Uini told his family that Tacut was not trying to race with De La Cruz.

"It wasn't a race," said Uini's mother, Carnation Uini. "They were speeding but not racing each other."

At the Makaha crash site yesterday, Lani Paje, left, embraced Florence "Ala" Eli-Adams, whose daughter Vernaleina'ala Eli was among the four killed. The two were with Shayna Gututala, 17, girlfriend of Josh Mendoza, another victim of the accident.

Tacut's girlfriend of three years, Frances "Franny" Carrero, said "he was a good daddy" to their almost 2-year-old son, Hunter Kuahiwi Tacut-Carrero.

Before going to work in the pineapple fields in May, Tacut stayed home with their son while Carrero worked, she said. "For the first year and a half of my son's life, he went everywhere with his daddy. He was daddy's tail."

Next to a photo of Tacut holding his son that is a part of the outdoor memorial to those killed in the wreck, Carrero wrote: "I promise that Hunter will always remember you and love you. I love you, and one day we'll be together again. Love, Franny."

Shayna Gututala, 17, said yesterday that her boyfriend, Mendoza, "was always there for me" since she met him 17 months ago.

Gututala said Mendoza, who did not graduate from high school, but had dreams of learning carpentry and building his own home, encouraged her to continue her education. She said she even wrote a "hero report" about him this fall at Nanakuli High School.

"He is a really great guy," Gututala said.

Mendoza would sometimes drink beer and drive, "and I'd yell at him and tell him not to do that," but he did not use drugs, Gututala said. "He isn't perfect, but overall he was a really good boyfriend. He was really sweet. ... He will always be in my heart no matter what."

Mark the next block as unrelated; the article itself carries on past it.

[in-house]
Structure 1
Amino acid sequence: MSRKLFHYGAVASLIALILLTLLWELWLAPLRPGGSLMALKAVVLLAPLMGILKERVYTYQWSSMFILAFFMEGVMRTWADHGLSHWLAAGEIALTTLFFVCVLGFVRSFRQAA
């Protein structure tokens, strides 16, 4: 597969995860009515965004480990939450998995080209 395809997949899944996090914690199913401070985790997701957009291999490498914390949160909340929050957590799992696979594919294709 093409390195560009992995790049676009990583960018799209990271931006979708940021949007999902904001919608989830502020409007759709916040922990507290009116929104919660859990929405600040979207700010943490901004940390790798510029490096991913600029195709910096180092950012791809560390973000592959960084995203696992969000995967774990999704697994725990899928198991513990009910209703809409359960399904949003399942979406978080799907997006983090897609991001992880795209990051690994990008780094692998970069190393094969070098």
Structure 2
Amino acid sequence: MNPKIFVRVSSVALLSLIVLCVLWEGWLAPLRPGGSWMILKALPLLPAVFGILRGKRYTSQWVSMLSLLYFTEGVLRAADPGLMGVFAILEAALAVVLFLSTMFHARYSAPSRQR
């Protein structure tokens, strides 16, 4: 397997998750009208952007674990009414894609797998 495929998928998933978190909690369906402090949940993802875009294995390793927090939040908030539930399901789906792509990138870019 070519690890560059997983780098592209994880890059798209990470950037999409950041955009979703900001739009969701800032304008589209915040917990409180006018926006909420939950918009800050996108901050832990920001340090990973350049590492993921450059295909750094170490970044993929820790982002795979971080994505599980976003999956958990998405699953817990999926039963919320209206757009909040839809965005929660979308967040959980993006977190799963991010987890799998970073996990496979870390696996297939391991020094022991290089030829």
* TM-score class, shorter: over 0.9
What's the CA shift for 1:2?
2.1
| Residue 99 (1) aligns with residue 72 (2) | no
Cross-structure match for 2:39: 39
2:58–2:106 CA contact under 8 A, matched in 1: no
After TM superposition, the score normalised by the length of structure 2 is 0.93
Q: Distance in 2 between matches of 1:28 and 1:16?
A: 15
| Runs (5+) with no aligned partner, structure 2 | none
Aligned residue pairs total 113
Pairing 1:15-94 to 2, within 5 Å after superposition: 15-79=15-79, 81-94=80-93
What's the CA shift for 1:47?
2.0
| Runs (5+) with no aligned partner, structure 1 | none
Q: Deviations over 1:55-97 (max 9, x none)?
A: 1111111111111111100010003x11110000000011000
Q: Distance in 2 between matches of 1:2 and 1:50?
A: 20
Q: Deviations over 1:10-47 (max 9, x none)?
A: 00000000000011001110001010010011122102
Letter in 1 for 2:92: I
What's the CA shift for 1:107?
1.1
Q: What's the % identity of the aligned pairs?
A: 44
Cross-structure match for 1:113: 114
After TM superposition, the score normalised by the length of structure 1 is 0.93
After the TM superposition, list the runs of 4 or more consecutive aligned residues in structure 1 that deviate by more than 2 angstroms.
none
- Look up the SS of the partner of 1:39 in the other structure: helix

Emily Uini-Popo, visiting her brother Talosaga Uini in the hospital yesterday, showed a photo of him and his girlfrend, Tina Vaesau. Vaesau was killed in the crash, and Uini was injured.

The growing outdoor memorial at the crash site continued to draw mourners yesterday, including the girlfriends of both men who died and Eli's mother, grandmother and brothers.

Friends stopped and placed flowers and stuffed animals at the base of posters with photographs of those who died. Under a nearby tree, a visitor consoled families.

Eli's 13-year-old brother, Recco, stood by as the adults hugged and cried and his younger brothers Mana, 5, and Analu, 10, played in the adjacent Lahilahi Park.

"I no know what for say right now," the lanky teen said, looking at the ground.

Uini's mother said her son and his girlfriend, Vaesau, started working because they wanted to have money to buy Christmas gifts, and the day of the crash was their first day at work at Del Monte.

She said losing the others in the car was like losing family members of her own. While Vaesau had been living with the Uinis for about a month, Eli lived downstairs from them in the same Makaha four-plex, and Josh would visit often.

"I'm going to miss Verna and Josh calling me auntie," she said. "I grieve for those families. They're like our family. We all live in the same place.

"My heart goes out to them."